Next was the Polenta Gorgonzola. Polenta is the Italian’s answer to mashed potatoes, and my favorite when piled on a plate and smothered with a marinara sauce or as this appetizer, homemade polenta covered in a creamy gorgonzola sauce topped with sliced almonds. We fought over the last spoonful.
I love when local ingredients are incorporated on menus. La Galleria makes good use of our local seafood. The special offered the night we dined– Penn Cove mussels, in a simple white wine sauce, over angel hair pasta. Our bi-valves were tender, pasta was perfect too, and it was delicious. The Pinot Grigio was light-bodied, crisp, and fresh, with pear fruit and floral aromas paired perfectly with this dish as well as our appetizer.
Rigatoni Positano combined rigatoni pasta with spicy Italian sausage. The marinara sauce made rich with the addition of cream, dressed the pasta perfectly. My glass of house Syrah was a perfect match to this dish.
The desserts: All are made from scratch; we tried chocolate cake and tiramisu. Tiramisu was moist, light and perfect with a touch of whipped cream. I completed my cake and ice cream, Italian style, with Spumoni which was delicious on its own. It’s also offered as a sundae with candied pecans and chocolate sauce.
For those who didn’t get their fill of the Museum Markets this summer, take note. Holiday Market days will happen in Edmonds this year. The parking lot south of City Hall will offer produce, meat and fish, cheese and other dairy items, holiday greenery and flowers, wine, jams, sweets, to stock your pantry for holiday meals, parties and events. Check out the City of Edmonds Facebook page for updates. Dates are Nov. 21 and 28 and in December, the 5th, 12th and 19th. Hours are 10 a.m. to 2 p.m..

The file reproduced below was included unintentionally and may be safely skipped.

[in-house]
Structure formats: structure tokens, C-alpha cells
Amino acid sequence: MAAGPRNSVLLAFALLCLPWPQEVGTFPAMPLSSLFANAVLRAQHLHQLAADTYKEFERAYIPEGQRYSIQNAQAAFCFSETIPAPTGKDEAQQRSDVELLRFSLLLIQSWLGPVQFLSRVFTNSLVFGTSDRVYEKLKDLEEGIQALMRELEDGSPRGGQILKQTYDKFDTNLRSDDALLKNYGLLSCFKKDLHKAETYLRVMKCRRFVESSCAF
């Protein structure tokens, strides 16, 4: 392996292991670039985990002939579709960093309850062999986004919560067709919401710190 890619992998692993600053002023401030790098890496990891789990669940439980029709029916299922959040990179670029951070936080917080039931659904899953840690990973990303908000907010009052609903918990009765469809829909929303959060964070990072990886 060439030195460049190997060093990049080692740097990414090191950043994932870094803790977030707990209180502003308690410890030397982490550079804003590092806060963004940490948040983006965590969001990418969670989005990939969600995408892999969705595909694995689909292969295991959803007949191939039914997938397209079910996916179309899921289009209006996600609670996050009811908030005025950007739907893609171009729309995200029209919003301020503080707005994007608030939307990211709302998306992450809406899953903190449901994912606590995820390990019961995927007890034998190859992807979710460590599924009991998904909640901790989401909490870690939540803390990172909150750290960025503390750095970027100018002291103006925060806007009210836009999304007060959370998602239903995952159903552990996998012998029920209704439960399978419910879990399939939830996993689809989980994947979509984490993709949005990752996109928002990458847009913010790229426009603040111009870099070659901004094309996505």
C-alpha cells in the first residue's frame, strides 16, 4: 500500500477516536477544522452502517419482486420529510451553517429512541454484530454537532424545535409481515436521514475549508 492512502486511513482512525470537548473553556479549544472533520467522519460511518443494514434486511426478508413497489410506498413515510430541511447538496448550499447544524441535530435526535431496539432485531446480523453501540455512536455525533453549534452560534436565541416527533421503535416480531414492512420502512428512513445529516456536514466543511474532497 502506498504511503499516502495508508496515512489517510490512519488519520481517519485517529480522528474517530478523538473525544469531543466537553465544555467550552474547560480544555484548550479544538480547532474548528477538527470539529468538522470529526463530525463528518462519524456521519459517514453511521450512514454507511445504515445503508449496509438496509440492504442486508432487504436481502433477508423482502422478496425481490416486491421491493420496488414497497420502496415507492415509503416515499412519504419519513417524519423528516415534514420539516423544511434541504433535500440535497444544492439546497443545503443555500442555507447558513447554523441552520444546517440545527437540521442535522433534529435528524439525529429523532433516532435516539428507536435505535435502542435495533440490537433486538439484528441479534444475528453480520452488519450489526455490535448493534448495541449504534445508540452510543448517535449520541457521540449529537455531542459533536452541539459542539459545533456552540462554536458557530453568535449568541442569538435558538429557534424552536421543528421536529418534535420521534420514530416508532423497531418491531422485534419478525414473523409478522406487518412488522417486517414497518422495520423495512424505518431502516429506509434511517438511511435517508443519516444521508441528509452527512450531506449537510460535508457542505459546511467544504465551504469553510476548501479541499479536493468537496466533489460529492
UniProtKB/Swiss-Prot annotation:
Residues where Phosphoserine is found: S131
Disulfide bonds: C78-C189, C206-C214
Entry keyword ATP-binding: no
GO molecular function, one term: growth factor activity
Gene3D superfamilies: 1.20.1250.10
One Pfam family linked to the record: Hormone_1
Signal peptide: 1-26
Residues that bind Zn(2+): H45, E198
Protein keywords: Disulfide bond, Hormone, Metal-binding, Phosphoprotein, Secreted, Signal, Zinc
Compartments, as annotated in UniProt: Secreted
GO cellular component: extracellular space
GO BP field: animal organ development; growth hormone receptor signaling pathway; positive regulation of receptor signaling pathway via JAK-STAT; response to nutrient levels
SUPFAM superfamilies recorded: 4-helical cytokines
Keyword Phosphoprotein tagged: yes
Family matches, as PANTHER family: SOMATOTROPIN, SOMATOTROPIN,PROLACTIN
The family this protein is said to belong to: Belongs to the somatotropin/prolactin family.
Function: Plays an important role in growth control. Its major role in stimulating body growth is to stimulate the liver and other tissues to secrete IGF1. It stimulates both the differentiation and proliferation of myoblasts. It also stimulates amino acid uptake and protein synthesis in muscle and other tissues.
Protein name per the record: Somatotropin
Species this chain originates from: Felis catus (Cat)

Anthony’s Wild Alaska Snow Crab dinner is back. Monday through Thursday nights come by and enjoy one pound of Snow Crab, served with baked potato and a cup of Anthony’s famous clam chowder.
Spud Fish and Chips does listen to customer feedback. They no longer charge for ketchup!
American Brewing Company undergoes changes. Neil Fallon announced last week, “I am simultaneously sad and excited about the news that follows. Julie and I will be transitioning out of ownership of the brewery.”
American Brewing Company will continue to operate in Edmonds, no worries.
Neil feels they’ve “arrived at a point where we had to choose between what we like doing and what is best for the company, staff, customers and stakeholders.” He feels the demands of running a publicly traded company with a healthy beverage on the national scene doesn’t mix well with running a small, local craft brewery. In the best interest of both companies, it was time to split them up.
Neil chose Pacific Brewing & Malting Company out of Tacoma. The new owners, Brent Hall and Steve Navarro, have a devotion to quality that is second to none. The ABC Mug Club Members will have reciprocal privileges at the tasting room in Tacoma!
Readers, if you have a favorite place to nosh, that I’ve not covered so far in my column, please share.
— By Kathy Passage
A specialty gourmet food broker for over 30 years, Kathy Passage has in-depth knowledge on food and the special qualities of ingredients used in the exquisite products she helped bring to market. Kathy brings this unique perspective from the “other side of the plate” to writing about the food and restaurant scene in Edmonds